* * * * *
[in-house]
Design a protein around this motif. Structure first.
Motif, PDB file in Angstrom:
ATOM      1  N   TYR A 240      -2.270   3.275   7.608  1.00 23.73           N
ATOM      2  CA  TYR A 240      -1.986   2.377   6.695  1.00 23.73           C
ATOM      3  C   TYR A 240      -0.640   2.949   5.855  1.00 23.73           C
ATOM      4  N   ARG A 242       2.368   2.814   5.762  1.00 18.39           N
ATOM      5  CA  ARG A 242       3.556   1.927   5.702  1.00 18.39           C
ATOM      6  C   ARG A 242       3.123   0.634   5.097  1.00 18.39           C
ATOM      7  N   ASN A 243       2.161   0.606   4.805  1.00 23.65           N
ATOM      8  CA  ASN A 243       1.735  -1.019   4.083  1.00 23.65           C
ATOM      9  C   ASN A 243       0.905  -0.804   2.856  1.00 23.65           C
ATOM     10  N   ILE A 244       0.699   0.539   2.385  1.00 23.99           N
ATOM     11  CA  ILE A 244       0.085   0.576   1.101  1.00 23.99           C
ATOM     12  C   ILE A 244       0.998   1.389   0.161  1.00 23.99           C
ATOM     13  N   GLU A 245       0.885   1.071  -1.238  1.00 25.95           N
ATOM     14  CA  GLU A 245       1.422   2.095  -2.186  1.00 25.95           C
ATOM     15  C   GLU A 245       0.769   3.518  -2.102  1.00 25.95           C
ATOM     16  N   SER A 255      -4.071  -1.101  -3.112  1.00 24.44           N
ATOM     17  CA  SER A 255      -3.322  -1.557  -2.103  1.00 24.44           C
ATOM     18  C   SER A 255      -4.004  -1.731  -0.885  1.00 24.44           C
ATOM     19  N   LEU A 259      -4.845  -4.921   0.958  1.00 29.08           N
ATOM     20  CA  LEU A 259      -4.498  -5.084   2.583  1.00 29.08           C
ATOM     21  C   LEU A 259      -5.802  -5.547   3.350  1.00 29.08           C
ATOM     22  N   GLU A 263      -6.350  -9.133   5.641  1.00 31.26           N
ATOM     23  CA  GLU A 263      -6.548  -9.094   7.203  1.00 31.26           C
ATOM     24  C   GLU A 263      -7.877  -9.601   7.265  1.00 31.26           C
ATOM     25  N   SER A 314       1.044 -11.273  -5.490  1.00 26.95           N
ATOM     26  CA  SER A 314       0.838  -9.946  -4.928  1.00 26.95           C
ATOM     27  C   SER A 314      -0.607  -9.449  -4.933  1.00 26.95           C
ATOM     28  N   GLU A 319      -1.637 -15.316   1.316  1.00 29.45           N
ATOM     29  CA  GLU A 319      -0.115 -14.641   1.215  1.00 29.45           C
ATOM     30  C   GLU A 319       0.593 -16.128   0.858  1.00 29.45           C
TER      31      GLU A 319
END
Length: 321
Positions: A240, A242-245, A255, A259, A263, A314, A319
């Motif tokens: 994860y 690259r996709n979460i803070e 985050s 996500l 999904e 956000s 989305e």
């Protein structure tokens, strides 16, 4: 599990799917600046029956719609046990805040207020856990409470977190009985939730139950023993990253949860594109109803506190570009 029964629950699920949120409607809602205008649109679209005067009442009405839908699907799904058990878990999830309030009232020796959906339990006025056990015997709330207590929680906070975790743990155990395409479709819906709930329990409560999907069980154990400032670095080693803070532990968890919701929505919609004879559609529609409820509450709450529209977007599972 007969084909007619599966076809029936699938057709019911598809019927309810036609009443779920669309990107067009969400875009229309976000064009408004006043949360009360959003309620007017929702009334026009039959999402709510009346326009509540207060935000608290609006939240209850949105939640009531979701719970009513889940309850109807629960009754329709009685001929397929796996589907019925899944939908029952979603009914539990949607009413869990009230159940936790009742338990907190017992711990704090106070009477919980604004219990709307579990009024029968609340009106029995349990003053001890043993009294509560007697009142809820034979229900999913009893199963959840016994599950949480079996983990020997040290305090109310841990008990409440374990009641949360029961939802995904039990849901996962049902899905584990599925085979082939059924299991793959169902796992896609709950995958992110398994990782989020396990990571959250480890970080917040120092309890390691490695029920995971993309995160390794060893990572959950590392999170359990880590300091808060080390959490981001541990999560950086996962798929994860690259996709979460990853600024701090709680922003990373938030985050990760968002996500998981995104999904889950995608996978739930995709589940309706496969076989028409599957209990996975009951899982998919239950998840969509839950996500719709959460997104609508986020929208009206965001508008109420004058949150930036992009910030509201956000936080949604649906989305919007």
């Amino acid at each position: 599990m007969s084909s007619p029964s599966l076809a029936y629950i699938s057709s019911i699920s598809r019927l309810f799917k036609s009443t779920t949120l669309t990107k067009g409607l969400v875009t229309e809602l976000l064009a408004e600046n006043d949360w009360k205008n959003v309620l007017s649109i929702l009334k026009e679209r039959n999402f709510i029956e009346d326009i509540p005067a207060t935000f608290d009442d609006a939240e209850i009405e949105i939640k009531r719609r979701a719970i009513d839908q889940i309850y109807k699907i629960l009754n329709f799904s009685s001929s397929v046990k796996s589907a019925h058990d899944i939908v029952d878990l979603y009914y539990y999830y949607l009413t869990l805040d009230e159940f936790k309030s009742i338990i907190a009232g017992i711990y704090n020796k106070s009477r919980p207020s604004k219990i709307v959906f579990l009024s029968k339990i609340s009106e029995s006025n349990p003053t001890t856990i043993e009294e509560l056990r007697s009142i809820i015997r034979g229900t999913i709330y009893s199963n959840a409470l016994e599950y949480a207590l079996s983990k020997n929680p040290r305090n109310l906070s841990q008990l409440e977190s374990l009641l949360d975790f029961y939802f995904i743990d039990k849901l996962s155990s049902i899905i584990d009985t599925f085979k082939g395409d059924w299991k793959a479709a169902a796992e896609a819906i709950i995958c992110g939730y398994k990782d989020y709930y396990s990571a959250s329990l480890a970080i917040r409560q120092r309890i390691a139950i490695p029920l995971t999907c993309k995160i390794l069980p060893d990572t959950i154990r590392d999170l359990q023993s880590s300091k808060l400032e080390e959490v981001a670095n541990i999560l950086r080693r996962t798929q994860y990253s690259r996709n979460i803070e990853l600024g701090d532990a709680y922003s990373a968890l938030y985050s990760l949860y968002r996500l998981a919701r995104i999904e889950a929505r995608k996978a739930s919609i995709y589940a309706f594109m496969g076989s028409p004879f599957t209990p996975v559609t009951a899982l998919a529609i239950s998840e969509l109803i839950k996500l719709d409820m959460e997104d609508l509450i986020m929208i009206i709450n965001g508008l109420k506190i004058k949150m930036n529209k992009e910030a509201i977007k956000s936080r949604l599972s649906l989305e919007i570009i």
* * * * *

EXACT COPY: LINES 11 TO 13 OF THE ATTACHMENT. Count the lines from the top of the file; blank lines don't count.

ATOM      8  CA  ASN A 243       1.735  -1.019   4.083  1.00 23.65           C
ATOM      9  C   ASN A 243       0.905  -0.804   2.856  1.00 23.65           C
ATOM     10  N   ILE A 244       0.699   0.539   2.385  1.00 23.99           N